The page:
This month, the Italy Roundtable’s topic is “green“. Green is my favourite colour, and the dominant colour in the countryside at this gorgeous time of the year. I had to think long before I sat down and started writing. I didn’t just want to write about the colour of the spring as such, but it is very difficult to escape the topic in April and when you get to spend the weekend in the glorious countryside of southern Tuscany.
But then, last Saturday, I took my girl out for a stroll through my home village, and it hit me. I noticed that something was different around me.
It is funny how you tend to look at things differently on different occasions. When I am out with my kids, I tend to look at what is around me as I remember it from when I was more or less their age. I look at them moving in the places of my childhood and memories come to me through the sounds, the smells, the colours that surround us.
In Italian, we call our childhood years “anni verdi“, the “green years”. And in my case, growing in the countryside, the connection between the green around me and my “green years” is very strong. Except I had no idea it was. Not until last Saturday.
I was walking through the park, and I noticed that some of my “reference points” were gone. Some big chestnut trees whose leaves I used to gather to make hats and skirts had been cut down, because the exceptionally strong wind of a few weeks ago had made them weak and dangerous. In their place, a large portion of sky above us, and a big hole in the ground, still surrounded by some safety tape.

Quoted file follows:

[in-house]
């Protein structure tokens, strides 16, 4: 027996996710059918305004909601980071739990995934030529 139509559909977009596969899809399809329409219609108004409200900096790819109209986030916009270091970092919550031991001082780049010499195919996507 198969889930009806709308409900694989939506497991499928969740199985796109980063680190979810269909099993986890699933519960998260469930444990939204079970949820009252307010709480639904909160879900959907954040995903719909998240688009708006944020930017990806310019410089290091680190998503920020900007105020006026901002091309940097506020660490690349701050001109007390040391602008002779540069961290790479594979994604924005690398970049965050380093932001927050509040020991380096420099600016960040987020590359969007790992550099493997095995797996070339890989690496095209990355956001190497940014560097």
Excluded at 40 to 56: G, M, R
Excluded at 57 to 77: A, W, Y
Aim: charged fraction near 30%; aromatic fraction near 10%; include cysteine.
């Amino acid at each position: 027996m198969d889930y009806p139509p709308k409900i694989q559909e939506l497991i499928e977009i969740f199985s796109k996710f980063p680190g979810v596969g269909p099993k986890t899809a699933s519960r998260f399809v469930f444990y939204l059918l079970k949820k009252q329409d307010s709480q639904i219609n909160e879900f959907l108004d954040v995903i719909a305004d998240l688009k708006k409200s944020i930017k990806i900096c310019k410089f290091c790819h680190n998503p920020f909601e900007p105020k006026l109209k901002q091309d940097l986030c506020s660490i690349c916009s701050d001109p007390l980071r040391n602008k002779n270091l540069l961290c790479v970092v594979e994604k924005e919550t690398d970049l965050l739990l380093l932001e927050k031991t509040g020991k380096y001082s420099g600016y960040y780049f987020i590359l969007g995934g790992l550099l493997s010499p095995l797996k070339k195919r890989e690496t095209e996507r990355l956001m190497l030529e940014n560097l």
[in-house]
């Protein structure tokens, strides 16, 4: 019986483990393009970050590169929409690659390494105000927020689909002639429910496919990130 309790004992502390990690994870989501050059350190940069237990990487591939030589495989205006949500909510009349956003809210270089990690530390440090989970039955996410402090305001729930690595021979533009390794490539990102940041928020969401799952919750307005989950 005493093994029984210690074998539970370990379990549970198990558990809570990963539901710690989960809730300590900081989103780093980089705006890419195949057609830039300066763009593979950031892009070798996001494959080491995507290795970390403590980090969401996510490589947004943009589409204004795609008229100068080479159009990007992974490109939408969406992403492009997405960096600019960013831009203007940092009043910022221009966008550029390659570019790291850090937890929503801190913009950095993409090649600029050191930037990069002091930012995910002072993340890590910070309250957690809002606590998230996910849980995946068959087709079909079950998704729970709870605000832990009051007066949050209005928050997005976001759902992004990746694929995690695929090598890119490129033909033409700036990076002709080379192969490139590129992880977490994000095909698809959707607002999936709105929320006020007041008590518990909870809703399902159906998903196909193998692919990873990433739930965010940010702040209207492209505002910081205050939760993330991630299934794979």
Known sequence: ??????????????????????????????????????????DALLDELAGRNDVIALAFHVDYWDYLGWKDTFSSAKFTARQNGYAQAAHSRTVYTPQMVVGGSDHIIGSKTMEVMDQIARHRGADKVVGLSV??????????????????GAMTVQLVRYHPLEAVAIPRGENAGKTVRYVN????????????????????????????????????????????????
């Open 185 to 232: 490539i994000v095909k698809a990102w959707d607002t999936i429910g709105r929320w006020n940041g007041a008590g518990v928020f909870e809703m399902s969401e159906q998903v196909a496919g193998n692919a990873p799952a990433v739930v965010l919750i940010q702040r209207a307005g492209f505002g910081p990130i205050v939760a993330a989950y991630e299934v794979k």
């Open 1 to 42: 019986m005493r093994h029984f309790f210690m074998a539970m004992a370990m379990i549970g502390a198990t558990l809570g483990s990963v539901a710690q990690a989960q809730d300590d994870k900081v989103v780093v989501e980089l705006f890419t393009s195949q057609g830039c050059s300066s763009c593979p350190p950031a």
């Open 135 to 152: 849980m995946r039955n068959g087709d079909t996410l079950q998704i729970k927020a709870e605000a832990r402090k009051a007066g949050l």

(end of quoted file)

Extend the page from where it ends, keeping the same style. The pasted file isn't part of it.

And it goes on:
A large cypress tree was missing whose sticky berries I used to collect with my great-grandmother when I was more or less my son’s age. We call them “coccole” and they leave your hands covered in sticky resin with a very distinctive smell. When I was a teenager, I used to sit on a bench under that tree with my best friends and chat with them for hours in the long summer evenings. I had my first girlfriend-boyfriend fight under that tree. Well, now it is gone. And so is “my” bench.
I kept pushing my daughter’s stroller uphill while looking around to see if something else was not quite as I remembered it. And sure enough I found out more trees have been cut down, including a large cedar that must have been at least 300 years old. The spaces where I grew up were now different. Some of those trees were evidently cut down a long time ago. I hadn’t noticed, because I don’t get to spend nearly as much time as I used to in my home village.
Half of the large oak perched on the hill at the entrance of the village is gone. So are some other chestnut trees, and what is left of their trunk is now covered in moss.
Lots of memories came gushing in, with the awareness of time passing. Some of that green is gone, just like some of the people who populated those spaces. Everything changes, life goes on.
Italy Blogging Roundtable
This is a post in a monthly series called The Italy Blogging Roundtable. Here you can find the posts of the other bloggers who participate in the roundtable. Our topic this month was “green“:
- Italy Explained – Green Travel in Italy
- ArtTrav – 11 green vegetables I never ate before moving to Italy
- Brigolante – This month Rebecca is taking a break! She’ll be back!
- Italofile – Visions of Veronese Green in Venice
- Driving like a maniac – This month Kate is taking a break! She’ll be back!
- Bleeding Espresso – The Inspiring Legacy of Nicholas Green